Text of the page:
The latest additions to the discussion surrounding Frédéric Martel’s controversial new book, In the Closet of the Vatican, include a number of reviews from Catholic theologians and pastoral ministers, whose work appears on an online humanities forum.
Syndicate, which is described as a “discursive space where mutual inquiry and collaboration are encouraged and nourished,” published the series of ten reviews over the last two weeks. This Bondings 2.0 post features highlights from the series. To read all the reviews in full, visit Syndicate’s website here. For more information on In the Closet of the Vatican’s contents and for previous reviews, click here.
The Syndicate series notably includes two women’s voices in a conversation which has been quite male-dominated. Maeve Heaney, an Australian theologian, described the book as “long, hard to read (for many reasons), at times repetitive and [a] bit convoluted” yet which is not to be dismissed for it is “quite courageous and reflects years of research.” She raised two questions that may need to be addressed given the book’s claims:
“The first is the Magisterium’s capacity to fulfill its mission to faithfully interpret revelation and the signs of the times for those it governs. How can we trust its guidance if bias blinds or conditions perception and judgement? The second is a consequence of the first: what issues have been and still are sidelined as a result of this situation? Can or should we revisit past decisions on important issues to see if and how context and corruption compromised the promised presence of the Spirit to guide the Church ‘to the whole truth’?”
Heaney, who aids in ministerial formation, also suggested that the theology of priesthood needed review, that formation programs be improved in priestly formation, and that women need to be included because she sees that a sub-theme of the book is “misogyny and repressed homosexuality are often happy bedfellows.”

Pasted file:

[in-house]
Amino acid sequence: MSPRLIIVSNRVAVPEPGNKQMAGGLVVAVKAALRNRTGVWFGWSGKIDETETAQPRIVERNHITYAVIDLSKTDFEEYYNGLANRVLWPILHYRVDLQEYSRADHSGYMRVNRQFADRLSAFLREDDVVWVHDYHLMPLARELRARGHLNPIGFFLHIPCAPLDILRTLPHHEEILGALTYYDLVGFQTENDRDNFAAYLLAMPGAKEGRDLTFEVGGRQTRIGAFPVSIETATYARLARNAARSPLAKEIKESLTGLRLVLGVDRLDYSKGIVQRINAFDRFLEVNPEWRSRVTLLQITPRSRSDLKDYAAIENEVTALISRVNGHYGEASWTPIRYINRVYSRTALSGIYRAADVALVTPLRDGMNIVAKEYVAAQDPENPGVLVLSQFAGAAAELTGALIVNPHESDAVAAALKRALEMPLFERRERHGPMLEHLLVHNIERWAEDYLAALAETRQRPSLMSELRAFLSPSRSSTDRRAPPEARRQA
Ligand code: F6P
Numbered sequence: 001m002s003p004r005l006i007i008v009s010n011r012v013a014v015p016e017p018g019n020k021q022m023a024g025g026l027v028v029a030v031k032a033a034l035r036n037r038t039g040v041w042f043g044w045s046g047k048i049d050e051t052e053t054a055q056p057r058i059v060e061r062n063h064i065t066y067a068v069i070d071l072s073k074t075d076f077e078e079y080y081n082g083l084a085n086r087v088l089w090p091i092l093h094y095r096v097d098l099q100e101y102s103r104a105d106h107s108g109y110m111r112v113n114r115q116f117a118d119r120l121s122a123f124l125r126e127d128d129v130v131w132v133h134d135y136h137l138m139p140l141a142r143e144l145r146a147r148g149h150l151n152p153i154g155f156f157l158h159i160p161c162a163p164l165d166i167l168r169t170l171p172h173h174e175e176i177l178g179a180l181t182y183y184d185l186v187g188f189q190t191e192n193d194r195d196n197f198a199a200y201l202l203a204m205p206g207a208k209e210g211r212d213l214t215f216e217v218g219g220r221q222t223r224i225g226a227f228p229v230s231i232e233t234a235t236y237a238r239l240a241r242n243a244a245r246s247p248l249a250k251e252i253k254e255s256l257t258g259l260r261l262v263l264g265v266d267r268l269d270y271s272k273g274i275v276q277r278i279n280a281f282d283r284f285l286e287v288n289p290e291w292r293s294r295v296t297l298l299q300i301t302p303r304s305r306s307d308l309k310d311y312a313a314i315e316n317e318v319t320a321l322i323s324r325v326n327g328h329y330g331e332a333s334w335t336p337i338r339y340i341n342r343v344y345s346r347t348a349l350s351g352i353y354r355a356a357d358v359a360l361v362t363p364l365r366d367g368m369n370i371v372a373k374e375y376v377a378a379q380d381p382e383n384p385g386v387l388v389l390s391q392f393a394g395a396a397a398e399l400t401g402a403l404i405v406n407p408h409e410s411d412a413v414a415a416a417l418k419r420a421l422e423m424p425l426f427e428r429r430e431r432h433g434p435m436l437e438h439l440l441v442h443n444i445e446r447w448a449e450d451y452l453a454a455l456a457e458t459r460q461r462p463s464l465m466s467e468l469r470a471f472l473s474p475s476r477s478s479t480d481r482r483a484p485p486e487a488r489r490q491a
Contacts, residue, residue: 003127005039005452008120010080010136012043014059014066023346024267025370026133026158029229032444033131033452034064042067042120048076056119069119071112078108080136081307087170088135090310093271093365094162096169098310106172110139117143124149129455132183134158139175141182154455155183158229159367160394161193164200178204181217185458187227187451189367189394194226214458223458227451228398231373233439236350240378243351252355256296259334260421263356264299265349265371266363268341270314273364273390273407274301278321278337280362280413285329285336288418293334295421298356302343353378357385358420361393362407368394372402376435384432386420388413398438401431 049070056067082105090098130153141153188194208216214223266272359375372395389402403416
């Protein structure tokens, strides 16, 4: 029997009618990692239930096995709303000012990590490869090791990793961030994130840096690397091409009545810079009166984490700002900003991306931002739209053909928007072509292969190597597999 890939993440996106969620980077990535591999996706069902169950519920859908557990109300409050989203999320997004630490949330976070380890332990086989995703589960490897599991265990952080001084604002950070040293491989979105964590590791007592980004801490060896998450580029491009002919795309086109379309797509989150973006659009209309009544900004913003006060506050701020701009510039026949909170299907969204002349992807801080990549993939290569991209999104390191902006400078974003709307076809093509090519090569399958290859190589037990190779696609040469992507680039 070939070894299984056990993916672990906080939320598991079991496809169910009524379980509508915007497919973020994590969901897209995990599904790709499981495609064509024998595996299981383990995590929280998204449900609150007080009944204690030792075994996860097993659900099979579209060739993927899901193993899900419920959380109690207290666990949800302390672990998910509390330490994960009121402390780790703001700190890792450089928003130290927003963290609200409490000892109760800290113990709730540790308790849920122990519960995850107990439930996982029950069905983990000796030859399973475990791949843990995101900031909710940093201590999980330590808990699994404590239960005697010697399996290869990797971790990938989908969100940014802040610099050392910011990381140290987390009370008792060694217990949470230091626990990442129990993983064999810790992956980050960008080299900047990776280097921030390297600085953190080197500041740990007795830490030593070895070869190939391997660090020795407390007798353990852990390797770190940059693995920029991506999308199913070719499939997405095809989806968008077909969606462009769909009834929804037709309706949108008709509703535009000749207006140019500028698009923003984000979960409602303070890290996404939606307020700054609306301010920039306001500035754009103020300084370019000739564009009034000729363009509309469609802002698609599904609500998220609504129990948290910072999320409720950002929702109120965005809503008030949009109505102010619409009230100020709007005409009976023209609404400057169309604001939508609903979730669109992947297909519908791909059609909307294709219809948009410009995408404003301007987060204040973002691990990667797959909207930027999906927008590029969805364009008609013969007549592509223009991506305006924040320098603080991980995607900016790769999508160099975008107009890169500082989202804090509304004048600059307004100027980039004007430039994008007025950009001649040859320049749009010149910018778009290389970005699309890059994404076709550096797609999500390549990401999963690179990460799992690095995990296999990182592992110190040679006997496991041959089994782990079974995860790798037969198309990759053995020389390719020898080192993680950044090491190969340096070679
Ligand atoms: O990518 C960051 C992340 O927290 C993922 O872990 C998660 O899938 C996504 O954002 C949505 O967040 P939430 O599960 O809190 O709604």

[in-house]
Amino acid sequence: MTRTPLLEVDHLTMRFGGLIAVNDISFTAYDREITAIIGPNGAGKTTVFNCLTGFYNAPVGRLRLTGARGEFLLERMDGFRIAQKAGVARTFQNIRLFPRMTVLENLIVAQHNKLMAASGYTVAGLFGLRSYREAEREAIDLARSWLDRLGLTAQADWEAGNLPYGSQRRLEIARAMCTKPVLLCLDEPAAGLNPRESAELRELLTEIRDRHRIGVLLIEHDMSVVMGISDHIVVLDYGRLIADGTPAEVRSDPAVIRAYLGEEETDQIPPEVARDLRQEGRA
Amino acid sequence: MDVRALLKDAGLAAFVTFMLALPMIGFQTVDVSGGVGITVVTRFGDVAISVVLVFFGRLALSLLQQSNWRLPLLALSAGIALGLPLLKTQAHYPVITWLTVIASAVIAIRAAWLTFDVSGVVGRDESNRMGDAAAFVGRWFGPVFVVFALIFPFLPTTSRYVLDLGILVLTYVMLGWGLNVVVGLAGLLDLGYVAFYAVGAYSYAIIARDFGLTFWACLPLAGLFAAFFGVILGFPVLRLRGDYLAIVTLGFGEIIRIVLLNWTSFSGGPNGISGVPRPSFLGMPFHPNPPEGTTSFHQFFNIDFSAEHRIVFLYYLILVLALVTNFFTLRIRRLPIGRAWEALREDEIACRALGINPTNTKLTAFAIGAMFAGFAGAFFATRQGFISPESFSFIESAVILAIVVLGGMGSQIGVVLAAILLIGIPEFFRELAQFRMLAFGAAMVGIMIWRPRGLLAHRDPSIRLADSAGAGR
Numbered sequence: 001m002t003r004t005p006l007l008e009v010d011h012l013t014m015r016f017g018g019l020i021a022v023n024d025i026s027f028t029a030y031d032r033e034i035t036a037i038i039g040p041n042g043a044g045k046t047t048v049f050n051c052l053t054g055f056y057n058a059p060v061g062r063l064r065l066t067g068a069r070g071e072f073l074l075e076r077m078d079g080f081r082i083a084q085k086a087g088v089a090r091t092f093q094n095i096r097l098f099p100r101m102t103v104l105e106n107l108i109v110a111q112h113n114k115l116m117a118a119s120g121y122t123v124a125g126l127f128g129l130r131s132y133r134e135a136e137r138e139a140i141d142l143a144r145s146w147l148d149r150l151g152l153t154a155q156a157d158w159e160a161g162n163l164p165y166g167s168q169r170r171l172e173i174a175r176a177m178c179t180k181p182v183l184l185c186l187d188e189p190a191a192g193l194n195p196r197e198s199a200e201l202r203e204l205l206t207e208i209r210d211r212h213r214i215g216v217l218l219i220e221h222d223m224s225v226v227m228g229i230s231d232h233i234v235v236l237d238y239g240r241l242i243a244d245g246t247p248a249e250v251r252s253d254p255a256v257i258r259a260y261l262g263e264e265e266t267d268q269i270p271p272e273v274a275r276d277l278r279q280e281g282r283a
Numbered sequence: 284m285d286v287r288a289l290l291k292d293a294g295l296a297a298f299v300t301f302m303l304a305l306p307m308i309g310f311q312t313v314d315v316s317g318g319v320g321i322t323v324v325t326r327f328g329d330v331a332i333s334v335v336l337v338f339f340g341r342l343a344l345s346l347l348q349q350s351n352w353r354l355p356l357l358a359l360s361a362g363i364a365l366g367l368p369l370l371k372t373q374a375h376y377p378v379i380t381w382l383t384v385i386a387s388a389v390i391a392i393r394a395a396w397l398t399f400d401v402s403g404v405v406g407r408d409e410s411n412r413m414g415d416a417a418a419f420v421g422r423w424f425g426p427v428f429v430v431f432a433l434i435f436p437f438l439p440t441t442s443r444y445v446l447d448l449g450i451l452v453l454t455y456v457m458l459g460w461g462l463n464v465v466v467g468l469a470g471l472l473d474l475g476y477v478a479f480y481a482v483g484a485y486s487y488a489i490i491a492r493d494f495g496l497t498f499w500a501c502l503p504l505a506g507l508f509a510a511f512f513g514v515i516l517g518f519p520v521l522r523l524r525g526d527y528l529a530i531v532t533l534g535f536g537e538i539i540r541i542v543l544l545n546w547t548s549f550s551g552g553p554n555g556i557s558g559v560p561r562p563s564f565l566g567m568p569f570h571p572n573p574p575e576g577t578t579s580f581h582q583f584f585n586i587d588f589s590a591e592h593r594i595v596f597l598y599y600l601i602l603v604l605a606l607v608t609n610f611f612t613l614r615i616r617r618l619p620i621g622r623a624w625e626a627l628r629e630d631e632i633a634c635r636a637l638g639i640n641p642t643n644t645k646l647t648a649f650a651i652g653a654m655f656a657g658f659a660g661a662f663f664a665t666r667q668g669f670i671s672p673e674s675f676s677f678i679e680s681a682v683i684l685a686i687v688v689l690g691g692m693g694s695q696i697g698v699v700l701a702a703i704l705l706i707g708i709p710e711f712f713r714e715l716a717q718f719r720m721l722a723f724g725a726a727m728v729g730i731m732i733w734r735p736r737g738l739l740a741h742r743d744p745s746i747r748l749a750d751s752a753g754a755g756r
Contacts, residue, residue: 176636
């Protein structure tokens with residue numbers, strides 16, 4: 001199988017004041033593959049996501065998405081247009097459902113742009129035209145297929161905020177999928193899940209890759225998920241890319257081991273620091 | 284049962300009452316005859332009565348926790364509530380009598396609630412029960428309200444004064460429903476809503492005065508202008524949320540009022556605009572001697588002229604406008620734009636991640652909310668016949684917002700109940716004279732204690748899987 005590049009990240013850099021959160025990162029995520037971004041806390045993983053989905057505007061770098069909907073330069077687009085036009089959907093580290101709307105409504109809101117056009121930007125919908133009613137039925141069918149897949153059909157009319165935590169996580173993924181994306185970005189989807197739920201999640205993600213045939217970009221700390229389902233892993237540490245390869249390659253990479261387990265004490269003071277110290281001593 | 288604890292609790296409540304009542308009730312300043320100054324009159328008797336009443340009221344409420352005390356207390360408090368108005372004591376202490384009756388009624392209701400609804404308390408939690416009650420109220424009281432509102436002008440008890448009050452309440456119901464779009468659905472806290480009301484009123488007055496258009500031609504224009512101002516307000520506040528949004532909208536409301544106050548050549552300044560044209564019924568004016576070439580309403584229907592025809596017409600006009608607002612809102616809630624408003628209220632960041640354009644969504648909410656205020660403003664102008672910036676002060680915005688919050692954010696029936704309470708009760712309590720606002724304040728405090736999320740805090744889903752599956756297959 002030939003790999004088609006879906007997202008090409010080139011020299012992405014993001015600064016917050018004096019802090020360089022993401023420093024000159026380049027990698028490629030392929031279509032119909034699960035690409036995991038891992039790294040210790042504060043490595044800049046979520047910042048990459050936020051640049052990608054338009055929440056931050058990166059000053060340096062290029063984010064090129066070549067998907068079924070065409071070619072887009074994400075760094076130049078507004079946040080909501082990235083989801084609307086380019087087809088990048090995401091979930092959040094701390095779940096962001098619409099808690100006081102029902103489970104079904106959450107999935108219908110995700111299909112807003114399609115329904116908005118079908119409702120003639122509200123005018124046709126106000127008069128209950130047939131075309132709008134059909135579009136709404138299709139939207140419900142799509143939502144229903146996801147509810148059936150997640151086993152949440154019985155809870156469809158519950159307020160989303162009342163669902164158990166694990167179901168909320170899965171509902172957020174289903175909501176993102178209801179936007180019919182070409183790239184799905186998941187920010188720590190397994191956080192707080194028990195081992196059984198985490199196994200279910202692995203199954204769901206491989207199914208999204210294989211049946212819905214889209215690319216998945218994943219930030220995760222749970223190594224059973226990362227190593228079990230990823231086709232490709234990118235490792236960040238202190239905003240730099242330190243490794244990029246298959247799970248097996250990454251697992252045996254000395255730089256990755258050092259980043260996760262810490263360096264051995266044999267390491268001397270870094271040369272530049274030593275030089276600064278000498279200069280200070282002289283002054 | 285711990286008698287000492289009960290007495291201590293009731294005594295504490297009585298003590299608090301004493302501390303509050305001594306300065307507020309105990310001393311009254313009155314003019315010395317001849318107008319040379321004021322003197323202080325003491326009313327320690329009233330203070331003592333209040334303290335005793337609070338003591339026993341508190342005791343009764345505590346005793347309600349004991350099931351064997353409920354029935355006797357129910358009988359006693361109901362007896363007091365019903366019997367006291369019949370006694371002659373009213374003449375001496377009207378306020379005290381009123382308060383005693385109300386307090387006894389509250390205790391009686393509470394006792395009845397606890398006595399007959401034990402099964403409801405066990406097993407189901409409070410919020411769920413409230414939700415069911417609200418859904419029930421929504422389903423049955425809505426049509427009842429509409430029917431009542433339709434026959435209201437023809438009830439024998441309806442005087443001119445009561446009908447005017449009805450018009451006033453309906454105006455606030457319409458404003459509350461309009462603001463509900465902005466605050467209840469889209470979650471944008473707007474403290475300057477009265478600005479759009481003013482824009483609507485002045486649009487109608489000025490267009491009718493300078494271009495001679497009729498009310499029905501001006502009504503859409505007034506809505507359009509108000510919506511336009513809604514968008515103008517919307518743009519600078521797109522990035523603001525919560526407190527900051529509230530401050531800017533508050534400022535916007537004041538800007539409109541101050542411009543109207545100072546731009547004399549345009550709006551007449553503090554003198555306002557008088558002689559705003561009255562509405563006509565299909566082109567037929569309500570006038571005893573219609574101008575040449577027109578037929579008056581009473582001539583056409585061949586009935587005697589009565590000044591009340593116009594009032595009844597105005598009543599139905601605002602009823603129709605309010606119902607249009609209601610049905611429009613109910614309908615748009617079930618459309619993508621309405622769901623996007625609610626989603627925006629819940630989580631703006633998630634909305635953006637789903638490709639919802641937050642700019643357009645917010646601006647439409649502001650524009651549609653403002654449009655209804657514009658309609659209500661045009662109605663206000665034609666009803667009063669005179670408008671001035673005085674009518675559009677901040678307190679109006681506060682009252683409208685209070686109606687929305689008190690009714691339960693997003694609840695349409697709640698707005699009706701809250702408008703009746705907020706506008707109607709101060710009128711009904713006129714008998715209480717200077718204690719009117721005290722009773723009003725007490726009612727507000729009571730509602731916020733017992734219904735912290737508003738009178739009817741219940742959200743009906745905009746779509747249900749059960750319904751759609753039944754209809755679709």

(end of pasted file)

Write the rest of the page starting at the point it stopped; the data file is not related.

Brian Flanagan, a U.S. theologian, reviewed the book as “part Bob Woodward getting the dirt from his inside sources, part Alexis de Tocqueville wandering in a strange new world, and part Page Six of the New York Post [a gossip sheet].” Flanagan wrote that while his “preferred vehicle” for dealing with power and sexuality in the Church would not have been this book given its problematic aspects, Catholics “dare not look away” either. He said the fundamental question about Martel’s work is, “is it true?”:
“I am not in a position to evaluate any of the particulars of Martel’s claims, but neither, frankly, are most other readers. Like that of a journalist embedded in a wartime unit, Martel’s testimony is all we’ve got. And while the reliance upon anonymous sources, hearsay, and rumor is unfortunate, how else could he have gotten any of this information? In some ways, it stands or falls as a whole upon Martel’s truthworthiness. . .One can, and journalists and researchers should, further investigate particular details, particular charges and insinuations, and particular places where Martel’s interlocutors have misled him or where he himself has undermined his credibility through insinuation and speculation. But the overall portrait seems vero [true].”
Luigi Gioia, a theologian currently teaching in the U.K., said Martel offered “accurate description” which will be so necessary to addressing not only homosexuality in the priesthood, but wider distortions about sexuality in the Church:
“Martel’s book shows the way. We need to meet the characters, hear the stories, understand the fears, face the contradictions, decipher the codes. We need to listen to the voices of the priests who have found a balance in their celibate lives but also of those who struggle with it. We need to understand the strain and the heavy burden imposed on gay priests: they are supposed not even to exist, since gay people are theoretically not allowed in the priesthood; they are scapegoated for the abuse crisis by those who are unwilling to acknowledge the latter’s real cause, namely clericalism. Truthful description is the only antidote to a denial so fierce and so entrenched that its very enforcers have become numb to its absurdity and its alienating character.”
Other reviewers include Fr. James Martin, S.J. and theologian Fr. James Alison, whose commentaries Bondings 2.0 has previously covered here and here respectively. To read the full reviews on the Syndicate’s website, click here.
—Robert Shine, New Ways Ministry, March 5, 2019